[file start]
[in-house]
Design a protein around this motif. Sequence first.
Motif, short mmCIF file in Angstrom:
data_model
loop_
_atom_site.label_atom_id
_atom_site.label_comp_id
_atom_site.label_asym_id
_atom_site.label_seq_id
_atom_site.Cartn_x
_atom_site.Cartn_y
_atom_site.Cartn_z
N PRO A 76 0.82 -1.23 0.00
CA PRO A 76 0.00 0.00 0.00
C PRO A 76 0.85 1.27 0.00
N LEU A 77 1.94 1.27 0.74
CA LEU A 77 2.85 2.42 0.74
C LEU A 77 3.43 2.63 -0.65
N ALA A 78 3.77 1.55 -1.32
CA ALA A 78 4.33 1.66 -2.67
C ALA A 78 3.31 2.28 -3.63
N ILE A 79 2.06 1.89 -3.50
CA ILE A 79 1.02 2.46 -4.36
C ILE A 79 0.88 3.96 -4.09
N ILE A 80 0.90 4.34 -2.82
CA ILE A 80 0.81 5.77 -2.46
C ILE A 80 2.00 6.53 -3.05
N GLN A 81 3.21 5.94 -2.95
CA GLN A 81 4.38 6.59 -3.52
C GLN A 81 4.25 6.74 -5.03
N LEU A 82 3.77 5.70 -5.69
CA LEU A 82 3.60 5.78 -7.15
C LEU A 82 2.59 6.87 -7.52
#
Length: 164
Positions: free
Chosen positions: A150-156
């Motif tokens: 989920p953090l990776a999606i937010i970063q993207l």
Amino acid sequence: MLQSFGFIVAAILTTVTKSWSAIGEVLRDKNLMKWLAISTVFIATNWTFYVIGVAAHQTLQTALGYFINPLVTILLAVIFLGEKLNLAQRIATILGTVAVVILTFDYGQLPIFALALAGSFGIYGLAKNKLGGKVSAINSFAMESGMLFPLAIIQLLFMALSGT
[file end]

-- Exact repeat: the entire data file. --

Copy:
[in-house]
Design a protein around this motif. Sequence first.
Motif, short mmCIF file in Angstrom:
data_model
loop_
_atom_site.label_atom_id
_atom_site.label_comp_id
_atom_site.label_asym_id
_atom_site.label_seq_id
_atom_site.Cartn_x
_atom_site.Cartn_y
_atom_site.Cartn_z
N PRO A 76 0.82 -1.23 0.00
CA PRO A 76 0.00 0.00 0.00
C PRO A 76 0.85 1.27 0.00
N LEU A 77 1.94 1.27 0.74
CA LEU A 77 2.85 2.42 0.74
C LEU A 77 3.43 2.63 -0.65
N ALA A 78 3.77 1.55 -1.32
CA ALA A 78 4.33 1.66 -2.67
C ALA A 78 3.31 2.28 -3.63
N ILE A 79 2.06 1.89 -3.50
CA ILE A 79 1.02 2.46 -4.36
C ILE A 79 0.88 3.96 -4.09
N ILE A 80 0.90 4.34 -2.82
CA ILE A 80 0.81 5.77 -2.46
C ILE A 80 2.00 6.53 -3.05
N GLN A 81 3.21 5.94 -2.95
CA GLN A 81 4.38 6.59 -3.52
C GLN A 81 4.25 6.74 -5.03
N LEU A 82 3.77 5.70 -5.69
CA LEU A 82 3.60 5.78 -7.15
C LEU A 82 2.59 6.87 -7.52
#
Length: 164
Positions: free
Chosen positions: A150-156
């Motif tokens: 989920p953090l990776a999606i937010i970063q993207l």
Amino acid sequence: MLQSFGFIVAAILTTVTKSWSAIGEVLRDKNLMKWLAISTVFIATNWTFYVIGVAAHQTLQTALGYFINPLVTILLAVIFLGEKLNLAQRIATILGTVAVVILTFDYGQLPIFALALAGSFGIYGLAKNKLGGKVSAINSFAMESGMLFPLAIIQLLFMALSGT